Acorus calamus


"Calamus is a big, smelly plant with sword-shaped leaves and small, yellow/green flowers. Lives near swamps and banks in europe, asia, and north america.

"USAGE: The roots are collected in late fall or spring and washed, the small hairs are removed and the root is dried at low temperature. The root could be chewed or chopped and prepared as tea. Dosage is from 5-25 cm of the root. The material decomposes and is inactive after one year. Must be stored cool and dry.

"ACTIVE INGREDIENTS: Asarone and beta-Asarone

"EFFECT: A piece of 5cm (thick as a pen) is stimulating and evokes cheerful mood. A 25cm piece may lead to altered perception and hallucinations. Calamus is also an aphrodisiac, especially when used as an additive in your bathing-water.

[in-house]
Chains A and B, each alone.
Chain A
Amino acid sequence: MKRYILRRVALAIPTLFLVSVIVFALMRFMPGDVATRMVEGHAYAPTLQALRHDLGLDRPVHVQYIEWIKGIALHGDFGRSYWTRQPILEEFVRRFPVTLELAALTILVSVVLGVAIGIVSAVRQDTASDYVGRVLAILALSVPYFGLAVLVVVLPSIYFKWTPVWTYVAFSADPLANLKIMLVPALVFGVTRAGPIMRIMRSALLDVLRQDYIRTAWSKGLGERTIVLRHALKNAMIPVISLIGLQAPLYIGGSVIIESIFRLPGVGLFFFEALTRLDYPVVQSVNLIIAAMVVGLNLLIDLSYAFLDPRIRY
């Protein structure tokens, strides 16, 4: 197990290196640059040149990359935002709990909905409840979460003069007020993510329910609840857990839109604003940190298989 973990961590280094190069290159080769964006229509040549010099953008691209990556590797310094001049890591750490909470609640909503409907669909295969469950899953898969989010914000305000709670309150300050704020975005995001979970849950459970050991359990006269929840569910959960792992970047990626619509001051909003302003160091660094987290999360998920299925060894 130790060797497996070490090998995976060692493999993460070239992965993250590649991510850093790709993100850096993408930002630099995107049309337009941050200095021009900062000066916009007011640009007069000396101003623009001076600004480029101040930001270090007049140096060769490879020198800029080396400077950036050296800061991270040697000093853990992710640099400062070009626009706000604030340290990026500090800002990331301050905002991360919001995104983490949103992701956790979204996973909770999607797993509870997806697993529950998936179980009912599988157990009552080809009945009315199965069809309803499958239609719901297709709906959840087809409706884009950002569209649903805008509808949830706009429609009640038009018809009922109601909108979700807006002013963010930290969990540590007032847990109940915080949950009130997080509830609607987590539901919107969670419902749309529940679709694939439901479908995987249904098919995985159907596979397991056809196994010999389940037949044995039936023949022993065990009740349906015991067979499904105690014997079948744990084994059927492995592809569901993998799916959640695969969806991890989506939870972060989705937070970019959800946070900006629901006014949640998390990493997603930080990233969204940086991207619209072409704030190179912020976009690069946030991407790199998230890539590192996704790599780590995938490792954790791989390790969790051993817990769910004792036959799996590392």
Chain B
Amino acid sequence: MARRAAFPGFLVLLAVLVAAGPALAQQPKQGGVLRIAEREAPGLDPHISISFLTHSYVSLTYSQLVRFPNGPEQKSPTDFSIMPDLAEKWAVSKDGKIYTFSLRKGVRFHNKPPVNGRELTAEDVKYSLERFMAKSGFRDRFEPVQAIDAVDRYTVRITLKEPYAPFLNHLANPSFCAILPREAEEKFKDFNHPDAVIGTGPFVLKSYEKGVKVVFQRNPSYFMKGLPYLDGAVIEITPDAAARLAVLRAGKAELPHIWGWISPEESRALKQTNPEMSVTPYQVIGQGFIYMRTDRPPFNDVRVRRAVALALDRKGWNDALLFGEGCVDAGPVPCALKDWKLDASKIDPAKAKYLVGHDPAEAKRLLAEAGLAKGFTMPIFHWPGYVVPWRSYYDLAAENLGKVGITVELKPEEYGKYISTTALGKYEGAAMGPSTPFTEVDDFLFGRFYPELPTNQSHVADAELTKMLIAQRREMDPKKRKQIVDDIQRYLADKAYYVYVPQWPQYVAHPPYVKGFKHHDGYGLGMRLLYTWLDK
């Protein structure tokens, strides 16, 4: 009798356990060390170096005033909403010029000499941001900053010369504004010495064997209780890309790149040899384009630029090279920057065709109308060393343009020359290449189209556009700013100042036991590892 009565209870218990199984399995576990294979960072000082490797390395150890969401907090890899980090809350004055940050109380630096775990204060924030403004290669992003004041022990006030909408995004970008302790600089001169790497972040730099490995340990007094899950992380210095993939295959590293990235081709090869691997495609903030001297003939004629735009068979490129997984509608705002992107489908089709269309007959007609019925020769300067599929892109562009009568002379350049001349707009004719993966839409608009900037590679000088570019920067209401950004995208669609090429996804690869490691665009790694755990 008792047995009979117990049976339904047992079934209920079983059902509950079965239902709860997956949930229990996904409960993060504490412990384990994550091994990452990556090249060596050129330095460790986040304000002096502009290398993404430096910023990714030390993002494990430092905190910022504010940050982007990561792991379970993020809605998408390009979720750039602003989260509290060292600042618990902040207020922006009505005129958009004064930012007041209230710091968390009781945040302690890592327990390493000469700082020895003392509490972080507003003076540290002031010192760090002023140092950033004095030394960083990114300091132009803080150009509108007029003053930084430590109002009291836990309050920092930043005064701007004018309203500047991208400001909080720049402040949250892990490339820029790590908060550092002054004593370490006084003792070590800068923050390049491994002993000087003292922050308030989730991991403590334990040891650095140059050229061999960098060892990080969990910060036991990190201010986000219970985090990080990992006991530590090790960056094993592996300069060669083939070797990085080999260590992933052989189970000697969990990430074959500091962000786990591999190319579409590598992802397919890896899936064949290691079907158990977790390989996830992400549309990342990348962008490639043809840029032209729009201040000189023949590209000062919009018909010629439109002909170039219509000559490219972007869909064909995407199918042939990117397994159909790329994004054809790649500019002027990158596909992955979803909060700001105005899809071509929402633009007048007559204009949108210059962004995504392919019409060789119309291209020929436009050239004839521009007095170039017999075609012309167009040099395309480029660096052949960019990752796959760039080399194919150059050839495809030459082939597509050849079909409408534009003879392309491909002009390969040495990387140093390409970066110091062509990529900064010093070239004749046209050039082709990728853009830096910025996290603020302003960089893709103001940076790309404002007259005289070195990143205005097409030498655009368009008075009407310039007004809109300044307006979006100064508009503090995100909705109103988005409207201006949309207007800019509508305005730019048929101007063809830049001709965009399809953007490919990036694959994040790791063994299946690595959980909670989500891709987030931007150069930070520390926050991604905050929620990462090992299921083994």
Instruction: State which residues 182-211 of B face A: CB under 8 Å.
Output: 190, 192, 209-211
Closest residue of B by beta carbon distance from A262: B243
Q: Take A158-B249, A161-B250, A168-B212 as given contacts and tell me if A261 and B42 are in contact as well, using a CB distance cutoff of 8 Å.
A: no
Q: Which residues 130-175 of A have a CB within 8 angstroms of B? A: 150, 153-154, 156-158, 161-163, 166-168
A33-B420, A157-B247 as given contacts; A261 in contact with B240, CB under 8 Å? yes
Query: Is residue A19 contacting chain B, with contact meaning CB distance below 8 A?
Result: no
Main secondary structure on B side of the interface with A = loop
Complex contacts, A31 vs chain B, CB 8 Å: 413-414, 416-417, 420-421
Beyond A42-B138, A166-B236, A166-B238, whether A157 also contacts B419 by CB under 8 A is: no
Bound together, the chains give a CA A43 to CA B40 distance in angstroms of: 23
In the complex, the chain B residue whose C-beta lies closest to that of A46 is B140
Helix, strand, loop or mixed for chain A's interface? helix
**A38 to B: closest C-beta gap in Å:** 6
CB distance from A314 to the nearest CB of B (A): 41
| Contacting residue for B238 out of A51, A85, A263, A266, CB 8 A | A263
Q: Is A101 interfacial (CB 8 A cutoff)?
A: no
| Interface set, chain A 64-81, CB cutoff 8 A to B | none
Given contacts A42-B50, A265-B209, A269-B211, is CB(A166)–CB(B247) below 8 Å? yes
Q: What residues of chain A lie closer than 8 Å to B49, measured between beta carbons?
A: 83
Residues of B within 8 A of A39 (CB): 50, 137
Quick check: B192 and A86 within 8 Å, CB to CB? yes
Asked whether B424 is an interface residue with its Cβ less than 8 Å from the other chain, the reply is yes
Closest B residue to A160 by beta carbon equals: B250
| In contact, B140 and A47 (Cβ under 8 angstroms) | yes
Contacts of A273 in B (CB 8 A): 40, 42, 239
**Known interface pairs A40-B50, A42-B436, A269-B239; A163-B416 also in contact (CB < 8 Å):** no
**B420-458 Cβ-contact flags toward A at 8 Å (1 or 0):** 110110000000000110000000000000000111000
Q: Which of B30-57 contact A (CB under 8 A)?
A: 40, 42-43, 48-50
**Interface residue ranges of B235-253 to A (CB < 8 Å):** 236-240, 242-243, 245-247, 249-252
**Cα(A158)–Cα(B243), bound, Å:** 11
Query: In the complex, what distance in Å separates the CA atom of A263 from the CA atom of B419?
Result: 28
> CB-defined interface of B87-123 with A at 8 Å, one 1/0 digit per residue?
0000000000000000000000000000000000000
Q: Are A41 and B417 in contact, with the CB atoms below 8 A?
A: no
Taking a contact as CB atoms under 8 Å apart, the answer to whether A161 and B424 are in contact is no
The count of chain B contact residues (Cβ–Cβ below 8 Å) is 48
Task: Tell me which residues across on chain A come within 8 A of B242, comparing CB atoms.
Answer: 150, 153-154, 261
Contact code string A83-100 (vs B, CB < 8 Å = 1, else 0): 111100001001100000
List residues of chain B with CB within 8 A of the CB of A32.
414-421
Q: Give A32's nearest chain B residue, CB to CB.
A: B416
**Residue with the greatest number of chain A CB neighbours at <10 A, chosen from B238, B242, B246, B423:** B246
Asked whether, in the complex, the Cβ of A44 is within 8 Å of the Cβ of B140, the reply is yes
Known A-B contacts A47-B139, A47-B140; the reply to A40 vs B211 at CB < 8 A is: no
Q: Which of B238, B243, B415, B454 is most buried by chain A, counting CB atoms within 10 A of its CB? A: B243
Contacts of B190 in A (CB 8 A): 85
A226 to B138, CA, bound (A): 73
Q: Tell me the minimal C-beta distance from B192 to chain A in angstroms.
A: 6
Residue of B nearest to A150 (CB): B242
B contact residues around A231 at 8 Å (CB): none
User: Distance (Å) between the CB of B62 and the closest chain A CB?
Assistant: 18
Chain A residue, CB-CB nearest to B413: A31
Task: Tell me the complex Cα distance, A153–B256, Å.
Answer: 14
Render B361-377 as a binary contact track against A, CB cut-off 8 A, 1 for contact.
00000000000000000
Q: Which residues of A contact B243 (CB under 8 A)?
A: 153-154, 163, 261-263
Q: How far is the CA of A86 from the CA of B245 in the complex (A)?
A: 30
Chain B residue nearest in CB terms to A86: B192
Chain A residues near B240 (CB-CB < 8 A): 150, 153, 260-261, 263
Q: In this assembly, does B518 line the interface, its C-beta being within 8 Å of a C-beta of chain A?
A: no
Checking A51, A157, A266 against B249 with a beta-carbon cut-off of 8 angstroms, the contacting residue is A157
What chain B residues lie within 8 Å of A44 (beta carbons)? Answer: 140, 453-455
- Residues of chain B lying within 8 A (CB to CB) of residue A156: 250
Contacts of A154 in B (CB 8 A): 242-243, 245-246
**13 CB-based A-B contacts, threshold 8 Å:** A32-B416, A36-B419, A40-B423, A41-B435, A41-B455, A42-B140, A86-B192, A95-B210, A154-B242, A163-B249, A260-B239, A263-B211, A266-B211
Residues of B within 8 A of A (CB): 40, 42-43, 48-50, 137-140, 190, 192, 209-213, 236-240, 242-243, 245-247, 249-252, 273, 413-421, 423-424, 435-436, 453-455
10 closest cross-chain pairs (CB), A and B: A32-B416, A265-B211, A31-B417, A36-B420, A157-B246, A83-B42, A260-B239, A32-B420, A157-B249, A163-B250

"SECONDARY EFFECTS: Calamus should not be used with MAO-inhibitors! Some aboriginal tribes chew the roots as stimulant and for mouth-hygiene. No secondary effects were reported. Some experiments seem to indicate that extreme amounts of calamus oil lead to a higher risk of cancer in rats. No similar effects are reported for humans.

"VARIETIES: There are three types of calamus, of which the one sold in Germany does not contain beta-Asarone. The amount of essential oil differs from 1.7% to 8.7%. The amount of beta-Asarone differs from 0-96% of the oil. European, asian and north american types show different compositions, asian calamus is considered to be more sedative, north american more stimulating. The calamus sold in Germany is not psychoactive; this is why J. Ott suspects other unexpored substances in the north american types."

"MISC.: The BTM-Kurrier reports in issue 1/95 that Calamus is a better carrier for hemp than tobacco. The toxic ingredients are better compensated, for example the sedative effects of mediocre or bad hash are removed. Calamus was often used in absinthe."

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